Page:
TL;DR – A look at a revolutionary figure in Broadway’s past and the layers of oppression he had to go through to get where he did.
Post-Credit Scene – There is no post-credit scene
Warning – Extensive use of blackface
If there is one large blind spot in my art history, it is Broadway. I didn’t come from a musical theatre background, so any introduction to this world is welcome. Today we look at a film that explores this through the life of Charles Sidney Gilpin one of its first Black stars. I should say that before we dive in as a bit of a warning that this is a film very much set in the 1920s and the language and depictions used in the movie are consistent with that time which may be difficult for some viewers.
So to set the scene, Charles Sidney Gilpin (Shaun Parkes) is working in a blackface minstrel show that goes around entertaining white people at parties. He hates the work and tries to get a job a legitimate actor which is difficult in a time when few roles are written for black men, and white people in blackface perform most of them. That chance finally comes when noted play write Eugene O’Neill (John Hensley) writes his newest play The Emperor Jones about a leader of Haiti and he wants Charles for the role.
For a film about actors, it lives and falls on its casting because you need someone who can step into this huge role. I had seen Shaun Parkes in small parts like on Lost in Space, and I wondered if he could hit the level of intensity needed for this role, and he does in spades. You feel his anger, pain, joy, and loss through his performance. By the end of it, I very much wanted to see Shaun Parkes do an actual performance of The Emperor Jones because I think he would be amazing in it. The main antagonist in the film becomes O’Neill, and while John Hensley takes a bit to ramp up into his performance when it lands, it is spectacular.
I was concerned coming into this film about how they would depict such a revolutionary figure in the field. However, finding out that it is based off a play from Adrienne Earle Pender helped steady those concerns. From what I can tell, this is a generally faithful depiction of his life. It charts the rise and fall of the actor and the world around him that made Gilpin have to fight for every step he made. Where they have changed things is by accelerating the timetable from the point where the play goes to Broadway. In real life, Gilpin played the role for a while and did an American tour before falling out with O’Neill and being replaced. This condenses the film and the conflict to fit the run time. However, this meant accelerating his alcoholism and fall, which was a shame because there was a lot you could have explored there beyond the headline points.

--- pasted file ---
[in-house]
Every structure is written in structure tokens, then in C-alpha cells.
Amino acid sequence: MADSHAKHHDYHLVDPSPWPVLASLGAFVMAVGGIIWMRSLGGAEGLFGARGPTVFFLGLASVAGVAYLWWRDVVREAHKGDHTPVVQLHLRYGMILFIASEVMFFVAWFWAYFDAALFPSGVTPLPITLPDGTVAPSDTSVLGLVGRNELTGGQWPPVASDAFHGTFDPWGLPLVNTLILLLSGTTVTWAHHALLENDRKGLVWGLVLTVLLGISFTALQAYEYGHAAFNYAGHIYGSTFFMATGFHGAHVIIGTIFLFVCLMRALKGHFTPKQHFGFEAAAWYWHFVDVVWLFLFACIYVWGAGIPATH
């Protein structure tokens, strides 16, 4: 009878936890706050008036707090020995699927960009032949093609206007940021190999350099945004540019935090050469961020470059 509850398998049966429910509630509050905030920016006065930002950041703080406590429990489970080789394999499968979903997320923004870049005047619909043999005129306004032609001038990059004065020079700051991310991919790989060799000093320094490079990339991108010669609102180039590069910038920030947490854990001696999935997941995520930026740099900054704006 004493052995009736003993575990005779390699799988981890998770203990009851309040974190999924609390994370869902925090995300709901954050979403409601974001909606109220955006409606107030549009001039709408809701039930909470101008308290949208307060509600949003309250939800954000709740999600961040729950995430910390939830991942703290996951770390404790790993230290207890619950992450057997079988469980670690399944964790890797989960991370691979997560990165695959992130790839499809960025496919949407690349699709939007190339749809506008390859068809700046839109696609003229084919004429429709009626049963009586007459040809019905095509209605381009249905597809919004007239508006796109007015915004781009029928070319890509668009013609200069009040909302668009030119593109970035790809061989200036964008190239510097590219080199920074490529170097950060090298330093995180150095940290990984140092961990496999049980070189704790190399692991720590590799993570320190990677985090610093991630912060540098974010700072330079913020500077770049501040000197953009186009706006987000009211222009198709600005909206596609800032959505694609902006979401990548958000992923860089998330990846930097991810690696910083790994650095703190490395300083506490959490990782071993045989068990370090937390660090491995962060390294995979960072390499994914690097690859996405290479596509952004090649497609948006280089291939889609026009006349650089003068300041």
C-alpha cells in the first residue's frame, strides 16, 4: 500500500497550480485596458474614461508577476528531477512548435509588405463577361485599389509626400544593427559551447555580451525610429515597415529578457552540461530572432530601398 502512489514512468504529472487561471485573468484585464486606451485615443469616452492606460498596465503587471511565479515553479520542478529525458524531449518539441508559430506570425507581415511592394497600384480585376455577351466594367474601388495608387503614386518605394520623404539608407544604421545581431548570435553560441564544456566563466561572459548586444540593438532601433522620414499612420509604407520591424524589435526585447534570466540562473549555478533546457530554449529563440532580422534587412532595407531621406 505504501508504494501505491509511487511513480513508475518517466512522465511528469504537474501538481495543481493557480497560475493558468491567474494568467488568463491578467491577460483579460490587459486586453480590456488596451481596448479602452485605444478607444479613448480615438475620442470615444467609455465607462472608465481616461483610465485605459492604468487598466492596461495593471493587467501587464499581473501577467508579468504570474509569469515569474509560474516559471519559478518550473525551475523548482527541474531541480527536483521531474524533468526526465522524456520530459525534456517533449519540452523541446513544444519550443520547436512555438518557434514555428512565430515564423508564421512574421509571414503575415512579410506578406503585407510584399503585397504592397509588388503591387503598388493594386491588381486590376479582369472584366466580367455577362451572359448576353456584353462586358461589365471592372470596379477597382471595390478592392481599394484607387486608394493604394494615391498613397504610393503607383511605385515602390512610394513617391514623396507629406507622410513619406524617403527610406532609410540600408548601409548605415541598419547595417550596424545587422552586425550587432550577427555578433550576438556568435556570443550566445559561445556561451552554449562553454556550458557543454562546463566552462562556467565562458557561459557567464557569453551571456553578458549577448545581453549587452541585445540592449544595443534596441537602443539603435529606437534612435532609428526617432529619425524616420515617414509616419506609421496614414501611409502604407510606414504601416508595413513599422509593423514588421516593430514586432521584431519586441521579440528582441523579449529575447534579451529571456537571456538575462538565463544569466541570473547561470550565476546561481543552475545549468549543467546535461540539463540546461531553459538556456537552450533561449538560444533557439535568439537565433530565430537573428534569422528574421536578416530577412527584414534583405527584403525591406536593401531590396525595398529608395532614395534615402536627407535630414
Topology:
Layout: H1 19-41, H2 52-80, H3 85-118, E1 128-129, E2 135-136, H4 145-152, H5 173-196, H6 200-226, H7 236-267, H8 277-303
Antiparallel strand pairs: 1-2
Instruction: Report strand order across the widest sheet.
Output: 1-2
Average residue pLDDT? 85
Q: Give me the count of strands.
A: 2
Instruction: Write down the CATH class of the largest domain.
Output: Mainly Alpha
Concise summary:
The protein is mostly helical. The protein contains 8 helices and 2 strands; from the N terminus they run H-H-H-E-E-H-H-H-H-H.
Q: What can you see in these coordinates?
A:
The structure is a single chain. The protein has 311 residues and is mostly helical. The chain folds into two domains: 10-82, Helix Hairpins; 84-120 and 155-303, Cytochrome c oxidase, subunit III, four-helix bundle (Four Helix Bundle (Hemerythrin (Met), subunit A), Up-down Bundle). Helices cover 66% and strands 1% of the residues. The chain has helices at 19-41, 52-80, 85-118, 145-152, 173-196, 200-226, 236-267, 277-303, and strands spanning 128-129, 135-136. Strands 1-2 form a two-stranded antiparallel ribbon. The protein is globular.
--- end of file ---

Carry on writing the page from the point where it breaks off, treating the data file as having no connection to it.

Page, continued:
Overall I found it to be a compelling film about a prominent but sad historical figure given how he ended up in real life. However, a couple of factors did hold it back from realizing what it could have been. The first is that for a film about the first leading black actor on Broadway, too much of the narrative is taken up by Eugene O’Neill and his story. This is even with the feeling that given how inconsistent his motivation is a lot of his role got cut back during the edit. Also, from a production point of view, I found the music almost distracting in places as it swelled and overtook the dramatic moments. This is probably more of a subjective issue on my part, but it kept taking me out of the moment.
In the end, do we recommend The Black Emperor of Broadway? Yes, I think we do. It is the strong performances that bring you through this film as well as the fascinating subject if the biopic. I would have liked it more focused on him, but I hope this spurs more people into researching the life of Charles Sidney Gilpin. If you liked The Black Emperor of Broadway I would also recommend to you Rocketman.
By Brian MacNamara: You can follow Brian on Twitter Here, when he’s not chatting about Movies and TV, he’ll be talking about International Relations, or the Solar System.
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Credits – All images were created by the cast, crew, and production companies of The Black Emperor of Broadway
Directed by – Arthur Egeli
Screenplay by – Ian Bowater
Based on – a play by Adrienne Earle Pender
Music by – Jason Solowsky
Cinematography by – Jonathan Mariande
Edited by – Phil Norden
Production/Distribution Companies – Egeli Productions & Vision Films
Starring – Shaun Parkes, John Hensley, Nick Moran, Liza Weil, Nija Okoro, Lonnie Farmer, Eve Annenberg, Nicholas Dorr, Heather Egeli, Alexandra Foucard, Daniel Washington, Sarah MacDonnell & Tim Misuradze
Rating – Around an Australia: M;